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Tuesday, December 7, 2021
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DiversityStudents & Youth

How employers can take the lead to welcome jobseekers with disabilities

“If diversity is inviting people to the party, inclusion is asking someone to dance.” Diversity and inclusion are two big buzz words in our society today. Everyone wants to have a party, but how do we ensure that everyone has a good time and can boogie on the dance floor?

Job hunting after graduation is like moving from the wall to the dance floor. It can be an awkward and intimidating process, yet so rewarding once you start moving to the beat. With the workforce consistently evolving and changing, it can be a challenge for new grads to figure out how to get their foot in the door. This is an important consideration within the school-to-work transition, including for students with disabilities.

Job hunting after graduation can be a particularly challenging experience for new grads with disabilities. While our society is adapting a more inclusive mindset, there are still some barriers that prevent individuals with disabilities from accessing the workforce. Although it takes two to tango, employers need to take the lead in this dance. Despite the challenges, there are simple steps employers can take to attract a diversity of talent into their organization.

Unlearn and open your mind

Claiming to be a diverse organization is not sufficient. Society needs to unlearn its perception on diversity and inclusion. Generally, our mind gravitates to think of the physical differences that make people unique. Neurodiversity often gets left out of the discussion, intersectionality is disregarded and the focus is set on people’s limits instead of their abilities.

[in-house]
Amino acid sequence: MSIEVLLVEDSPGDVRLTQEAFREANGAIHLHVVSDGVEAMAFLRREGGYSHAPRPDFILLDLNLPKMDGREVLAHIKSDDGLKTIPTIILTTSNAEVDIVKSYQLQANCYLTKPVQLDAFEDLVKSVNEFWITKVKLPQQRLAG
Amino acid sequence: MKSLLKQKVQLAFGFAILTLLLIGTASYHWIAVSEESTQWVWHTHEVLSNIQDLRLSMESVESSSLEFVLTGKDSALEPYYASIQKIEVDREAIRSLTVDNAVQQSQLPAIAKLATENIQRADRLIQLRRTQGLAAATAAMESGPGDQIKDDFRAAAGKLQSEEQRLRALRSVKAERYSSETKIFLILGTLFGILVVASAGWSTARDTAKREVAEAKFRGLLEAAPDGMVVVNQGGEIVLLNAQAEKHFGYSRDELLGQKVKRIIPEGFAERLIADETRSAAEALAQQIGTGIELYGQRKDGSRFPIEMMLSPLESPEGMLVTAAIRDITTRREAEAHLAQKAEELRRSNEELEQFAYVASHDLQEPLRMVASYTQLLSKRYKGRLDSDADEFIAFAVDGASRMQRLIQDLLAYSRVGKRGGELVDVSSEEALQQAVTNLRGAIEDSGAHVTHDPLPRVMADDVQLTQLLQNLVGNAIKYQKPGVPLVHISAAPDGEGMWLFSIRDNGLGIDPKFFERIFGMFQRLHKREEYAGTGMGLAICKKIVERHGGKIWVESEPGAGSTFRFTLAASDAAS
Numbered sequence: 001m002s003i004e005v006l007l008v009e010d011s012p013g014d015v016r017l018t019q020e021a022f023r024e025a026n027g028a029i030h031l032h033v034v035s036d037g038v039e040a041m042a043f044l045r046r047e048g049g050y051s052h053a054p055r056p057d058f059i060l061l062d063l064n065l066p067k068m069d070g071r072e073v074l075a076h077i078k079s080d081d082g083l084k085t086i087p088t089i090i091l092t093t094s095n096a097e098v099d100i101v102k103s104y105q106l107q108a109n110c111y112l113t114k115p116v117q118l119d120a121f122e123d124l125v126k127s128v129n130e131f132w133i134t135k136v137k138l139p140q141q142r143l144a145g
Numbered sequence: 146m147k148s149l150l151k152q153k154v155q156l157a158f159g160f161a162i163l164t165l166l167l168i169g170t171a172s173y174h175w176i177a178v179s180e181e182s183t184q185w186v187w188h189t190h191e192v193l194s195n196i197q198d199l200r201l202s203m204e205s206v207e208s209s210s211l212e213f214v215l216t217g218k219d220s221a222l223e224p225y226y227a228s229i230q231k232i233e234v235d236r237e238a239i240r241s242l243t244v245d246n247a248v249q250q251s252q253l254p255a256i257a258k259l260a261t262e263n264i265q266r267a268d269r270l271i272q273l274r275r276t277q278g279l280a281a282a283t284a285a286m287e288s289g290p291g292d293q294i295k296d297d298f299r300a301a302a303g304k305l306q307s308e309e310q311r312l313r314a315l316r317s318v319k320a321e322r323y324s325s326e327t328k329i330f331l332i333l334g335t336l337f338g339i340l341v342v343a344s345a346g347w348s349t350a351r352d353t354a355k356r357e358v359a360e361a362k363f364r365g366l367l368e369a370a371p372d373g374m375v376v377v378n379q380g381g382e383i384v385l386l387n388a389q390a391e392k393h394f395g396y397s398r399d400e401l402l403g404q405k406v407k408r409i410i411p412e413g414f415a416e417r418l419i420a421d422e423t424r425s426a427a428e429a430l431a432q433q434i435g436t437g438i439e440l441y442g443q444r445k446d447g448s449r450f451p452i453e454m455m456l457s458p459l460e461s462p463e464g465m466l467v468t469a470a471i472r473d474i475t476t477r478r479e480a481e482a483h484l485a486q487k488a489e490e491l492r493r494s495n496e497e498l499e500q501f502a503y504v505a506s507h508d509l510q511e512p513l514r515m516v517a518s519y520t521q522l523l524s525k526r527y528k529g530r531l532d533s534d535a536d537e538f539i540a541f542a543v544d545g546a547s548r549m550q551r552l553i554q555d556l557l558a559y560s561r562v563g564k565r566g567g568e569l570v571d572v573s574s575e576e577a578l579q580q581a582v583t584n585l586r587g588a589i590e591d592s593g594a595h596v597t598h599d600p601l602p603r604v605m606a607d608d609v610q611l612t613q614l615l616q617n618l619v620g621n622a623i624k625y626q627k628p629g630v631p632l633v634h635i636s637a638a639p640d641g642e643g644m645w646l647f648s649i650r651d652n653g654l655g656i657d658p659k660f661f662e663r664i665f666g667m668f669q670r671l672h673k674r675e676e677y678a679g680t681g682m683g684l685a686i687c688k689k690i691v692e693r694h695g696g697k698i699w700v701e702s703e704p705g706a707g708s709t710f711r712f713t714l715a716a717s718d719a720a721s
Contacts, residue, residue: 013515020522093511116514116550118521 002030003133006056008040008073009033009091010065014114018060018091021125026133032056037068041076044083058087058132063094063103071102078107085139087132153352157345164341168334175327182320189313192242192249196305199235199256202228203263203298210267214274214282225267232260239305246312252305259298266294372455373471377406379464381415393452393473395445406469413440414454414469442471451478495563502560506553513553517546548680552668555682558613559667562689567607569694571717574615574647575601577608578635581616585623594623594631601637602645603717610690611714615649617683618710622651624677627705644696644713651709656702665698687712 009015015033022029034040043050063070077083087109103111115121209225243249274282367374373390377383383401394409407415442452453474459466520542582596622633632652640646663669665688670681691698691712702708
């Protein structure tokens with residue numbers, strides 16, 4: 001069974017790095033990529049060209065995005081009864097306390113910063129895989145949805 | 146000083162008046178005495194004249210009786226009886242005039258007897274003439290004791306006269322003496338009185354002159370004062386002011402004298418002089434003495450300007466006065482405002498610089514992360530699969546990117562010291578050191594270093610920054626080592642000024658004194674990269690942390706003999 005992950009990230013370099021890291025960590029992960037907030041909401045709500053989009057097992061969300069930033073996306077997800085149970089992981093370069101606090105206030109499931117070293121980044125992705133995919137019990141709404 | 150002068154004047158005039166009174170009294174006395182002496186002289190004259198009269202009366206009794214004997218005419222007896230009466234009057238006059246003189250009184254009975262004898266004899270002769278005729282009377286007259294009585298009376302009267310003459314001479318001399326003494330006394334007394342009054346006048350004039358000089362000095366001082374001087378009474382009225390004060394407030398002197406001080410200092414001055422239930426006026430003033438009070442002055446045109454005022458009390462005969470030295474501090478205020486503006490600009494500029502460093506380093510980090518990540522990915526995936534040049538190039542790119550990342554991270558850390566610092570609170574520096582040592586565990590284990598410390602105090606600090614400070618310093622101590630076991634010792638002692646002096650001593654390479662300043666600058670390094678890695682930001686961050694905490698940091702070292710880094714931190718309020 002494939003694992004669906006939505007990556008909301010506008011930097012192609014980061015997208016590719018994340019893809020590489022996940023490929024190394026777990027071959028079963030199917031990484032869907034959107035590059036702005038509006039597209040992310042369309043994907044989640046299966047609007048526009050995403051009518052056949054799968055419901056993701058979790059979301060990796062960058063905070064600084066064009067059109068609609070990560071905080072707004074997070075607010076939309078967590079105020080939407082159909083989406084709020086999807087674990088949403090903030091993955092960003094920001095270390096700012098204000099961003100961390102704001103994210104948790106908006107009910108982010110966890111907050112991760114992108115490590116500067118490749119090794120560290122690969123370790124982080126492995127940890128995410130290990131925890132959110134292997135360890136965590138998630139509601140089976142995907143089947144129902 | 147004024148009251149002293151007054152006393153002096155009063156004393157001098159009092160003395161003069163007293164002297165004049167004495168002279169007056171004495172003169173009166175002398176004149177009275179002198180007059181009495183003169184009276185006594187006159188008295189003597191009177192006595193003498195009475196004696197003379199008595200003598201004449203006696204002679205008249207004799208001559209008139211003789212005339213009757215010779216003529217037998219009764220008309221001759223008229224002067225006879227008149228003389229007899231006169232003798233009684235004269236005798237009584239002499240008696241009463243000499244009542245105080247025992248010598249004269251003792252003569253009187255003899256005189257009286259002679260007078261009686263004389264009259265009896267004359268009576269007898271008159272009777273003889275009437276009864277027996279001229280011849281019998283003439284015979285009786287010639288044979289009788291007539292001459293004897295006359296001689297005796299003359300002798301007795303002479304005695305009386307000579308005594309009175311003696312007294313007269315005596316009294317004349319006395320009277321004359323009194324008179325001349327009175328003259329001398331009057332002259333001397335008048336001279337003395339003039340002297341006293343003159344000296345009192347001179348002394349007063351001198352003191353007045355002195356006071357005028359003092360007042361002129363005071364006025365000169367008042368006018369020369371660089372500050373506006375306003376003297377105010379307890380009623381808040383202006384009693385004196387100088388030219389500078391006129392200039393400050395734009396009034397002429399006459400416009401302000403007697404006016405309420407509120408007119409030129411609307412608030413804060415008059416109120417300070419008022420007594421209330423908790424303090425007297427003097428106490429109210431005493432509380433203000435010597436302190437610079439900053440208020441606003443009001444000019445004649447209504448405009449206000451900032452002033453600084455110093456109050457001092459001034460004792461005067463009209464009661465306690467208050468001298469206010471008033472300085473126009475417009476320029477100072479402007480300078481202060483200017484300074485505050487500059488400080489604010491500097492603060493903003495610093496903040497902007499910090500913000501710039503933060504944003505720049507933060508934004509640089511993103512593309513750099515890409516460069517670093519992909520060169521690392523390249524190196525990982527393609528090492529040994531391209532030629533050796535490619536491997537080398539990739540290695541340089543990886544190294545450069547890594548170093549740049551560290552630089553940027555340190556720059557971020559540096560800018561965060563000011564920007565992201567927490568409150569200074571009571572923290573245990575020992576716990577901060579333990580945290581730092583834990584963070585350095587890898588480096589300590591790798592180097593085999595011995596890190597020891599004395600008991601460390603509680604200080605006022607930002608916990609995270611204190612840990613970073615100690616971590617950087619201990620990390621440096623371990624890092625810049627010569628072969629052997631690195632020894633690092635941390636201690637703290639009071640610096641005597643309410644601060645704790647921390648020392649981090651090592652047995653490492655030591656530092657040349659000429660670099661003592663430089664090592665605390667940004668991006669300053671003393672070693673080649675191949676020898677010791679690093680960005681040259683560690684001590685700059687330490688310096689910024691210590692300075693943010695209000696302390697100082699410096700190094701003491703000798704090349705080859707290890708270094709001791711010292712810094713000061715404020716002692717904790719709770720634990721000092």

It is time to learn something new. We need to recognize there are many qualities, visible and invisible, that make people different. Each person with their mix of qualities brings a different kind of strength and talent to your organization. Some of the most influential people of our past and present have been identified as having a disability. Elon Musk, Albert Einstein and Mozart are some examples.

Connect with your target audience

There are more ways to post a job and recruit people than ever before. Campuses and various organizations have pivoted to holding virtual career fairs during COVID, and some of these target employers that are seeking to hire people with disabilities. Getting involved or just reaching out to a representative can help put your organization in front of your next designer, accountant or manager.

From observation, as a mentor I have noticed that many students with disabilities have limiting beliefs of what they can and cannot do in the workforce. Connecting with students can also help them widen their prospects on future career options. Most students have the perception they need to seek a job that caters to their special needs, which is a limiting belief. However, if more organizations actively seek and place themselves in the eyes of students with disabilities what may have seemed impossible for students to imagine becomes possible.

Be adaptive and flexible